Here, MacRuby will check if duck responds to foo:bar:. If true, this
message is sent with 1 and 2 as arguments. If not true, the foo
message is sent instead with 1 and {:bar => 2} as arguments.

If you’re working with pure Ruby objects, the second code path should
always be taken. Unless you define foo:bar: in your Ruby class.

Note that the key:value syntax to describe a hash pair is available in
vanilla 1.9.

This also seems to be treading on some of the territory which Matz has
indicated he plans to be defining in Ruby 2.0. I’m worried that
there’s a fork down the road here.

I don’t really see this as a fork, but more as a port. Most of MacRuby
is based on 1.9, because we want to use all the upstream code base. We
just use Objective-C when it’s necessary to provide a tighter
integration with Mac OS X APIs. Because we want people to use Ruby to
write complete full Mac OS X applications, without paying the bridging
cost.

Laurent


#9

On Feb 28, 2008, at 3:40 PM, Laurent S. wrote:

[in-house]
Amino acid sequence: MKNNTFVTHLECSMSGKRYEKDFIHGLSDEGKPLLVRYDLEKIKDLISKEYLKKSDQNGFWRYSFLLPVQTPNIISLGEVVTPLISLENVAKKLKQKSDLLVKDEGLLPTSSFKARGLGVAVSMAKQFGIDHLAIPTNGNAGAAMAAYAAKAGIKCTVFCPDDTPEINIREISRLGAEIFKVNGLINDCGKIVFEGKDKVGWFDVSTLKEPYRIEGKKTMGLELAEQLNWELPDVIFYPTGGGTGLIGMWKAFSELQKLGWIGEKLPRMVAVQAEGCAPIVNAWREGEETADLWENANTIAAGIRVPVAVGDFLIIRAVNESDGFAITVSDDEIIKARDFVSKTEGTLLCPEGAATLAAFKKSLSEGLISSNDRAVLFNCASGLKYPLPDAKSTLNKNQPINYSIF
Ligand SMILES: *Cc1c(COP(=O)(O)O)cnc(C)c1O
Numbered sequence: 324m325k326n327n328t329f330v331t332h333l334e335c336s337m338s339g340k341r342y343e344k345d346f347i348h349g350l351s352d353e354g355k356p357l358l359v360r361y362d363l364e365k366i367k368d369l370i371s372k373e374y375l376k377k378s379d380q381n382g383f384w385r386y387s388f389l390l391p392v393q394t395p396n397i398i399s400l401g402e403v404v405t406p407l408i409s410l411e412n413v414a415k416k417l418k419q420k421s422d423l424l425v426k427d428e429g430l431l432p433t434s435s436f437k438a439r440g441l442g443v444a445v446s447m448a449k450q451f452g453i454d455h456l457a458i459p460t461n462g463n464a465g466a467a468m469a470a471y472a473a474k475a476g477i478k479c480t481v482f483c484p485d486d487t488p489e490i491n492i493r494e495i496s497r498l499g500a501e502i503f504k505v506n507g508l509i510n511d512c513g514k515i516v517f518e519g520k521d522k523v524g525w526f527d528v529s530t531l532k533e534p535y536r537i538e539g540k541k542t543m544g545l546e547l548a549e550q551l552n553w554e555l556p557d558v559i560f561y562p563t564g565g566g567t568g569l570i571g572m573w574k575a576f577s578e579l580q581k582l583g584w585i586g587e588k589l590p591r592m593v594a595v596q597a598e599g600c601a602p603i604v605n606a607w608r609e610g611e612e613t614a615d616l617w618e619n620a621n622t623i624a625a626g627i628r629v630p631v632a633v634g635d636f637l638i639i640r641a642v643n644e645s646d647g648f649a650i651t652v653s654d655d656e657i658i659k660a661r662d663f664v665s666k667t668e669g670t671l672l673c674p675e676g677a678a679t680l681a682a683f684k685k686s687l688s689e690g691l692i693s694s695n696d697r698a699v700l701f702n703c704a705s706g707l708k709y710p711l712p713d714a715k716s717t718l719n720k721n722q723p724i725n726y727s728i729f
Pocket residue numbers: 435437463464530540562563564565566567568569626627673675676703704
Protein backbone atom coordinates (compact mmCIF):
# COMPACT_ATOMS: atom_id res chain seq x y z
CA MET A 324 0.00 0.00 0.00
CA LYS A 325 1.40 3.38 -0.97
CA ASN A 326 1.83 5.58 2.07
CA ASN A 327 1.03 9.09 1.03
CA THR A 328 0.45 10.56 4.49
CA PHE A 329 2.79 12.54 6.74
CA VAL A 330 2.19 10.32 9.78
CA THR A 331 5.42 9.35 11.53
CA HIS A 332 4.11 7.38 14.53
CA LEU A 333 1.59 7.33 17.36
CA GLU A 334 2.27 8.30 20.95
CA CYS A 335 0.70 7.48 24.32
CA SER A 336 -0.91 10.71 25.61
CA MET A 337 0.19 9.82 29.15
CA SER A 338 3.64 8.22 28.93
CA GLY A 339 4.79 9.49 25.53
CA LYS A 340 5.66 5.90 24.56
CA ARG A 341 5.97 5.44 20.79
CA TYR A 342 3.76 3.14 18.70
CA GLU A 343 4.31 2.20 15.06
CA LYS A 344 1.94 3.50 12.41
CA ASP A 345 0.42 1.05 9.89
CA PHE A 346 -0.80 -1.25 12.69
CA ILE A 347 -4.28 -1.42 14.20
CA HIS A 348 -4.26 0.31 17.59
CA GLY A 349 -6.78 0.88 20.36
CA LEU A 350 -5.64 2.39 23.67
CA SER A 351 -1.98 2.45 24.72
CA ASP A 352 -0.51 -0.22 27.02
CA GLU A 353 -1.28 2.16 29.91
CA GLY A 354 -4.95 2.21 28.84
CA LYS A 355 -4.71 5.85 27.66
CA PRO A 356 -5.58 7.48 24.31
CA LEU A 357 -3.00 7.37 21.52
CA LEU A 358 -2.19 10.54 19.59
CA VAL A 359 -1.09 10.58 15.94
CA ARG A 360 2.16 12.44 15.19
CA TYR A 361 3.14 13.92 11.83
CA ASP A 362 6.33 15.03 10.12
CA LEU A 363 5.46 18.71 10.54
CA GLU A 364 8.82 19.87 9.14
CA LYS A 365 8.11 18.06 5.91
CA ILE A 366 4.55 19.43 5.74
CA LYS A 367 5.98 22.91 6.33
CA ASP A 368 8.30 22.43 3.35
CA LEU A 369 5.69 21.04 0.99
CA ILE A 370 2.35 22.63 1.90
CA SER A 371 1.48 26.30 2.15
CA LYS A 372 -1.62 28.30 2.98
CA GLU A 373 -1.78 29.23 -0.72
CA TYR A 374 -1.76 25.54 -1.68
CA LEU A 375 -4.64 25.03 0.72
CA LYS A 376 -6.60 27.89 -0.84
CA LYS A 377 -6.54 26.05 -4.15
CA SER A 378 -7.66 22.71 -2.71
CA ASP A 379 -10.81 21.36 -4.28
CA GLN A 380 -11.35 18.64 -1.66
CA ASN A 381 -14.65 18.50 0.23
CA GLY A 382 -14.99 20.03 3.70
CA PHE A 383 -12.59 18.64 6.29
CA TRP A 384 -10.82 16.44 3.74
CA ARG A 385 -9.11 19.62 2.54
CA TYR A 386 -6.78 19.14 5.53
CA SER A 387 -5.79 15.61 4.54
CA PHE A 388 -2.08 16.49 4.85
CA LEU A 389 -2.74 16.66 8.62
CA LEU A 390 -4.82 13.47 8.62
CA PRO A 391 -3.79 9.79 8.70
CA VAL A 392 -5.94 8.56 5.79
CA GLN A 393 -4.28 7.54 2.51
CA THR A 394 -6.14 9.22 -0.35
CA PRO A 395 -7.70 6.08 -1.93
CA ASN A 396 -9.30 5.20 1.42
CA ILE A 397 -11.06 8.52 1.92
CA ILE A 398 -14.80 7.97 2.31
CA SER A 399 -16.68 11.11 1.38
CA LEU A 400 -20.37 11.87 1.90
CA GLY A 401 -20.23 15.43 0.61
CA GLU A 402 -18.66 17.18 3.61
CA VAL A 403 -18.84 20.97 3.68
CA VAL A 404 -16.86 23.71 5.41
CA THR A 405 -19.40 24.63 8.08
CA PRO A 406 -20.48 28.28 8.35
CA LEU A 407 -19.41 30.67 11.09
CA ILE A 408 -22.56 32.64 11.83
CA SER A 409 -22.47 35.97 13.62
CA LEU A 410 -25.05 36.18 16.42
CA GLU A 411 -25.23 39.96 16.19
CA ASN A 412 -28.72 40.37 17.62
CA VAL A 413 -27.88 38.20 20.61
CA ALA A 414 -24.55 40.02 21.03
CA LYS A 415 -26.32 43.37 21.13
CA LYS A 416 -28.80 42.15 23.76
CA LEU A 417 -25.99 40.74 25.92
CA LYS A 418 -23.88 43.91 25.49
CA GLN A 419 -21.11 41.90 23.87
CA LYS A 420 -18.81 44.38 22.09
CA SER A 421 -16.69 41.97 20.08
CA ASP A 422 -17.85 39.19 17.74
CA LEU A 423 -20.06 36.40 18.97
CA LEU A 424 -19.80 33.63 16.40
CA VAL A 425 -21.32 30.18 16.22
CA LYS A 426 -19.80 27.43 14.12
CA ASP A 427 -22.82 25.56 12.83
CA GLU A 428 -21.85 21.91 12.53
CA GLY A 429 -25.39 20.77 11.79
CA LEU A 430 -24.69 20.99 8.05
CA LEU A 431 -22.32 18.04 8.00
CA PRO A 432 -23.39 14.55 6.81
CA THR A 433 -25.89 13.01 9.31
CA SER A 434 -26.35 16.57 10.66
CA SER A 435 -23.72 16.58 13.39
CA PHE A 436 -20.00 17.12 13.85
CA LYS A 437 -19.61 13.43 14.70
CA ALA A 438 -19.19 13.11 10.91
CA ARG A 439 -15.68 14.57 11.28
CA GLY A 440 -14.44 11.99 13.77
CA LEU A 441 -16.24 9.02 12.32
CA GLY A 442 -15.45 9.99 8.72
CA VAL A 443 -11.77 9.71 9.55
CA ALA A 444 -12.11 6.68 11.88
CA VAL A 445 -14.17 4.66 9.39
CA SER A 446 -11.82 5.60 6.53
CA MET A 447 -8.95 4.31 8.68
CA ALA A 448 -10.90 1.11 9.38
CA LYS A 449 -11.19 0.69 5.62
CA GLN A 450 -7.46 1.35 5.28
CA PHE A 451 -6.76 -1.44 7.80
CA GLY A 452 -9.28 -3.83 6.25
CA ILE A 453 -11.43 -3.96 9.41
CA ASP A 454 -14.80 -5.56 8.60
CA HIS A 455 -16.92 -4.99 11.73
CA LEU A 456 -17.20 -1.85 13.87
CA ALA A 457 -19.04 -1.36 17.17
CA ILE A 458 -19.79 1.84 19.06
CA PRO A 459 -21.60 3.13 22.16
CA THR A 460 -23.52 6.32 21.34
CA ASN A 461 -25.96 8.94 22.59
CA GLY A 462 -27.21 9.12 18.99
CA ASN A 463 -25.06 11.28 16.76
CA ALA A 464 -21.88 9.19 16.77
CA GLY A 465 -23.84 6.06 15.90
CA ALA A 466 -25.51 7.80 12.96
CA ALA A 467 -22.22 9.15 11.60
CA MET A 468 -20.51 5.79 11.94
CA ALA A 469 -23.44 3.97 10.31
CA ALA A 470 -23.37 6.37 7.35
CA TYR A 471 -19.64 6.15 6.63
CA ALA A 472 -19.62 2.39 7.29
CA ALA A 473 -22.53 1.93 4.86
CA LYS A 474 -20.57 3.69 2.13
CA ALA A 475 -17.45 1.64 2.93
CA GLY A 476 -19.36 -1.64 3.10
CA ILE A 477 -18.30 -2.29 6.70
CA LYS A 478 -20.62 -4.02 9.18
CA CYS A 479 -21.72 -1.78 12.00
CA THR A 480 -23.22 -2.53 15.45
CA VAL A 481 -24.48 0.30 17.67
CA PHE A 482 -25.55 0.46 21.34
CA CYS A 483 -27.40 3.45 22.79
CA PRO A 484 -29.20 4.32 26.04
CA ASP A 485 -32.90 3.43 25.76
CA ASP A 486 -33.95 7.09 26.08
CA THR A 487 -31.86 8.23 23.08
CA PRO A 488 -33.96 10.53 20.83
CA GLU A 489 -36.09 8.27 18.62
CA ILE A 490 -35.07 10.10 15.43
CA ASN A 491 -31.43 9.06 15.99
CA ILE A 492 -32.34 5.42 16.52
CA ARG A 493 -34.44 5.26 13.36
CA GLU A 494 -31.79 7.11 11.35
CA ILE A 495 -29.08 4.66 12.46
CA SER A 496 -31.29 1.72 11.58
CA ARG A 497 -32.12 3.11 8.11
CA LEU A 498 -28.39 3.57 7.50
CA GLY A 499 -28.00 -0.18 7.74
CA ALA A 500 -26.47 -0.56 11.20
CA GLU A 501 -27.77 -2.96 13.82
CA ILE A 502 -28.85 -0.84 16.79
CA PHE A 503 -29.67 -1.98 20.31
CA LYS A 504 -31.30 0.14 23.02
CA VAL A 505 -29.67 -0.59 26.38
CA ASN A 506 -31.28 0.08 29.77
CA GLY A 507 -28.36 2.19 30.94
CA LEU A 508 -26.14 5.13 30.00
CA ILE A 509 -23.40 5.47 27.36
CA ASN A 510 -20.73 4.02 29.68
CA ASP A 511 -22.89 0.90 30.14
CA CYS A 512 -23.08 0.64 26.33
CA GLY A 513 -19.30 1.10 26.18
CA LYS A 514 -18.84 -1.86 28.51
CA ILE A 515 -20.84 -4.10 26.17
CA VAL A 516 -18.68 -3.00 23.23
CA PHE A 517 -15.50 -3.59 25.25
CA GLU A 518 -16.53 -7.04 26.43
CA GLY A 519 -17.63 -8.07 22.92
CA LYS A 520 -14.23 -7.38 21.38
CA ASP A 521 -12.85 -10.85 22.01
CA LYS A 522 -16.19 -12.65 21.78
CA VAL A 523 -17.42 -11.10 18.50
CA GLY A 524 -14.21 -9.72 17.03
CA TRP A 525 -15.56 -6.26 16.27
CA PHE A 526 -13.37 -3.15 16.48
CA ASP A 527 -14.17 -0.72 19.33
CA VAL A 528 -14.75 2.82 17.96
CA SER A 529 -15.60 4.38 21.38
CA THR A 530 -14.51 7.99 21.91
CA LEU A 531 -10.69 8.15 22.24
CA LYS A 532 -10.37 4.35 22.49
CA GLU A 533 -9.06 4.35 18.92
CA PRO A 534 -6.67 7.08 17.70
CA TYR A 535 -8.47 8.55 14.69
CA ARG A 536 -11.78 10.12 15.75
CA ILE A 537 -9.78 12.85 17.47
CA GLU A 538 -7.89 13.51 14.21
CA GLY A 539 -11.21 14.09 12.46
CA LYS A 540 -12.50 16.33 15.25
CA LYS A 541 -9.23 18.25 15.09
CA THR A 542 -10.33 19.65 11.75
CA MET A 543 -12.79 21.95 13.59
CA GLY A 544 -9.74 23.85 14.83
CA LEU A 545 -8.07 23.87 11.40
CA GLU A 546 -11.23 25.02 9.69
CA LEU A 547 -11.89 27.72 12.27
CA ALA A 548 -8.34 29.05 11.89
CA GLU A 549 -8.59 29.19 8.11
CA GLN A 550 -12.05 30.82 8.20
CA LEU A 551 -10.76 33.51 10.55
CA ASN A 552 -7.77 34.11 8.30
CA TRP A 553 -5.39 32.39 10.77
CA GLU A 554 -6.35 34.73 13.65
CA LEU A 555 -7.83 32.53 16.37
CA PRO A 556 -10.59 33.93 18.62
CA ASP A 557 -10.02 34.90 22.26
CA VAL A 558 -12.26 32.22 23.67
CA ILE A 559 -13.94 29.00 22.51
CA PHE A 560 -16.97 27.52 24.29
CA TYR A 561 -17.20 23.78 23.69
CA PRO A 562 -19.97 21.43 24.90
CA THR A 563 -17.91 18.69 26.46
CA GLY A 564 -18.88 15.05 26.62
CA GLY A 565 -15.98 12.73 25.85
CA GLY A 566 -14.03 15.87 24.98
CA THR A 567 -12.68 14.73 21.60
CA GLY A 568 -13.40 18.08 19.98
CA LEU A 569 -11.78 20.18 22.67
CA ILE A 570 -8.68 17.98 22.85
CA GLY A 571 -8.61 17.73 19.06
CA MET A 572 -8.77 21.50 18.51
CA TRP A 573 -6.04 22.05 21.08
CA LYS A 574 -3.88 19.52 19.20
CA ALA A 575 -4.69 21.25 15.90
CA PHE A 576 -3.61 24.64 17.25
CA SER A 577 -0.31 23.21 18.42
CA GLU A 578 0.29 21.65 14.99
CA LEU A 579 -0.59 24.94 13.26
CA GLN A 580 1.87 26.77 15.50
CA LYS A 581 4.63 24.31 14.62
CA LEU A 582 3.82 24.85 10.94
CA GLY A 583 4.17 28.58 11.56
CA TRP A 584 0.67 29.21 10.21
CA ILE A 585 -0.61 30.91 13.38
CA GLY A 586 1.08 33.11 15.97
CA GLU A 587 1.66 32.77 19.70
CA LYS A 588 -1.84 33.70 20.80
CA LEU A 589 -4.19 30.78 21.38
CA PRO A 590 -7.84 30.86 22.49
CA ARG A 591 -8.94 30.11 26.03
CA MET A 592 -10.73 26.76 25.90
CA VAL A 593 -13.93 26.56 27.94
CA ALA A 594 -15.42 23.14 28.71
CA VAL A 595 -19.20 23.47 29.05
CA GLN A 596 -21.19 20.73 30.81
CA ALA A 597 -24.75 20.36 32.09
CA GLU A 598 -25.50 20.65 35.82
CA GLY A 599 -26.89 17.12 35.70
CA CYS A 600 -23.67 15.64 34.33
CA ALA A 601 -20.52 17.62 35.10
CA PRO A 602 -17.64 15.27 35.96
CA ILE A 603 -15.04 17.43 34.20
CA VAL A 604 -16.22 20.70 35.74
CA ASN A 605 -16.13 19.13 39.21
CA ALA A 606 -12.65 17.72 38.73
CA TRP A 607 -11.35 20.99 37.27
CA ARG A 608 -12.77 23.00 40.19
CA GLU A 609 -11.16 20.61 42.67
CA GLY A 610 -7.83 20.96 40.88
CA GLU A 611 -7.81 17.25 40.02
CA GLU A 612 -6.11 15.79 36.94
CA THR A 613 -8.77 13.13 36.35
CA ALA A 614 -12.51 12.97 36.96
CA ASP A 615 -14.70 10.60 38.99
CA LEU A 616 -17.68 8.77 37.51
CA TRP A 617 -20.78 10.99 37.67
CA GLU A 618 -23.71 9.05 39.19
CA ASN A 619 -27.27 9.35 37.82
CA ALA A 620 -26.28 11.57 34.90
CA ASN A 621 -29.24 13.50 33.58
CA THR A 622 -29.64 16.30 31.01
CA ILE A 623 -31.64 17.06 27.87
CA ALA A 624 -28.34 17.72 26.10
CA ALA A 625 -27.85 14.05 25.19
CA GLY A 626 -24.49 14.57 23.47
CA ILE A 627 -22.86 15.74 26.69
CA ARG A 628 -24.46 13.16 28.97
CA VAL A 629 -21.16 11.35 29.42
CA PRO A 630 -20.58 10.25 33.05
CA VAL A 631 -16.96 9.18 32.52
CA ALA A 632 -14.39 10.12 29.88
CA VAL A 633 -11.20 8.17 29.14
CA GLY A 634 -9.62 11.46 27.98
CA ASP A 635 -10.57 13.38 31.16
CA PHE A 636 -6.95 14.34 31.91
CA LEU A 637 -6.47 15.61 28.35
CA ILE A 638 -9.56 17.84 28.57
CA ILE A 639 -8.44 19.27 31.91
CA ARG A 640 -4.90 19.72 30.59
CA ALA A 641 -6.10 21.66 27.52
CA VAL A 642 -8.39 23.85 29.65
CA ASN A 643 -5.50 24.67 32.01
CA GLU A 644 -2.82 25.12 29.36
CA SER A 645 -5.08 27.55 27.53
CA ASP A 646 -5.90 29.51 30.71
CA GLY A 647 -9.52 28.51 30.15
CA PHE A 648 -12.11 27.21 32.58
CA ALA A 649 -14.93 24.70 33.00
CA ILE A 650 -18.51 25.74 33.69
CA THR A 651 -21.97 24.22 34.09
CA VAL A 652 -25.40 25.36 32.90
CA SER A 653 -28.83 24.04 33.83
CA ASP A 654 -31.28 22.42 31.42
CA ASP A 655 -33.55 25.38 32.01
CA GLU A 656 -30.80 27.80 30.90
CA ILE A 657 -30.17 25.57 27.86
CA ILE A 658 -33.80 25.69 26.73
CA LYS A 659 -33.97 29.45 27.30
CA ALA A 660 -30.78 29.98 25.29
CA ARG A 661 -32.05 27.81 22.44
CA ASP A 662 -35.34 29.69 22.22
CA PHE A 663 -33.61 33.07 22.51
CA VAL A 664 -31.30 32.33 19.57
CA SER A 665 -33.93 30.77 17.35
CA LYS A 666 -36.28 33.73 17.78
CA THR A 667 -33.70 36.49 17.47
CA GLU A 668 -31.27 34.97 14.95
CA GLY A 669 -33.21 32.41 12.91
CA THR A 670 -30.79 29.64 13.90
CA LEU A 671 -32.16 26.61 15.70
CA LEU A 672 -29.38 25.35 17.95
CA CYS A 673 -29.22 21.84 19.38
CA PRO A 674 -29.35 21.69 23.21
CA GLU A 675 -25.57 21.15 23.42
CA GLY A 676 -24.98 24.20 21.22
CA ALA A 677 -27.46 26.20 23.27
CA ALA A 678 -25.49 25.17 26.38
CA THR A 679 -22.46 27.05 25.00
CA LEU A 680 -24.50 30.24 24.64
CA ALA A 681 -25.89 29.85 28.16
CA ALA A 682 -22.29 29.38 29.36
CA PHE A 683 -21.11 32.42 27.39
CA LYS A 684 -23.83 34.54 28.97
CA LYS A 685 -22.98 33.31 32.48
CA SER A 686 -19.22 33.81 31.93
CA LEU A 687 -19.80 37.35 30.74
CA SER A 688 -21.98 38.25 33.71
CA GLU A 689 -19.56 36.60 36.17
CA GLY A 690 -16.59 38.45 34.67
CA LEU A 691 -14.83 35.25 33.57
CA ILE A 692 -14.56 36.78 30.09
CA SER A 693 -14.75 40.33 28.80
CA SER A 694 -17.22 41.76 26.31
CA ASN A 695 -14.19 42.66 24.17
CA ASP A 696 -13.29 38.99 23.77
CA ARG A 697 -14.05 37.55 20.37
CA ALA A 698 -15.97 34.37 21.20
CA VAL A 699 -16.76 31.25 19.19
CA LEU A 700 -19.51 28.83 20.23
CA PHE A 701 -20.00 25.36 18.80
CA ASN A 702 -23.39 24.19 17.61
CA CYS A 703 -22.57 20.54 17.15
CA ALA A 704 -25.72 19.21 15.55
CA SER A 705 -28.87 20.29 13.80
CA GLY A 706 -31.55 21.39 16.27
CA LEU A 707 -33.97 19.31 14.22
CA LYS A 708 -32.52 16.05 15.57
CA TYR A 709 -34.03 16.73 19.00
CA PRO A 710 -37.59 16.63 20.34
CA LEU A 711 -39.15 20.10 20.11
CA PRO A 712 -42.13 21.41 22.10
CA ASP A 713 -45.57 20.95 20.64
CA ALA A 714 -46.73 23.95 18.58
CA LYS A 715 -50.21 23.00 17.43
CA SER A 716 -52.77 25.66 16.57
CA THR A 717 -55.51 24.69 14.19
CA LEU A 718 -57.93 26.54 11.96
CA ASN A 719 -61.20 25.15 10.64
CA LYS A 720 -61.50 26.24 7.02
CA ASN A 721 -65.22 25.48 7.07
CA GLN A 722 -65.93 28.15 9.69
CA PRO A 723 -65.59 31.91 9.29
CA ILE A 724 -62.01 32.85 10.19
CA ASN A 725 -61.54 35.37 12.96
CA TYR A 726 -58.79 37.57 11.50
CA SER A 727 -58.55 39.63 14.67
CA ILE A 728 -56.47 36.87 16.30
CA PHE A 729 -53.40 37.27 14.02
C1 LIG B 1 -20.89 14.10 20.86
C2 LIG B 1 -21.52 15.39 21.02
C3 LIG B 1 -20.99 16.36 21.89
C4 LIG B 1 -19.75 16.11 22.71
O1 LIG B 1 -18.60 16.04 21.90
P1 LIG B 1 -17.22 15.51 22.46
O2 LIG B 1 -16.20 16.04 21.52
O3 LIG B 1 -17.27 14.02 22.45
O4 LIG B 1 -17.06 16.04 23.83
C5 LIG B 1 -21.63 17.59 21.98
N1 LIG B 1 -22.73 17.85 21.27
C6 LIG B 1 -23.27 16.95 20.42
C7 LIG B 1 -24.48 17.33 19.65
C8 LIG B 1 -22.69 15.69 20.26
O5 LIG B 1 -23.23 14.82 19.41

I’ve run it seems there’s some degradation in MacRuby over Ruby 1.9.
Laurent

The most important thing for me re: performance in MacRuby is how
well the Ruby code performs for OS X applications, and since MacRuby
has no bridging costs the performance is exceedingly better than the
performance of bridged runtimes (like RubyCocoa).

What’s nice is you can still drop into C or Objective-C trivially with
MacRuby if performance is critical but for most application logic
MacRuby will be quick enough I think.

For server based applications that are mostly pure Ruby (like
Rails) the raw Ruby performance numbers are important, but it is early
and I think performance will pick up.

One cool thing Apple did with the MacRuby GC was have it execute
in a background native thread so garbage collection does not lock
up the program execution flow.

Rich


#10

Hi,

In message “Re: [ANN] MacRuby”
on Fri, 29 Feb 2008 05:56:41 +0900, “Laurent S.”
removed_email_address@domain.invalid writes:

|> duck.foo(1, bar: 2) # mapped to foo:bar: what does an
|> instance of C do with this?
|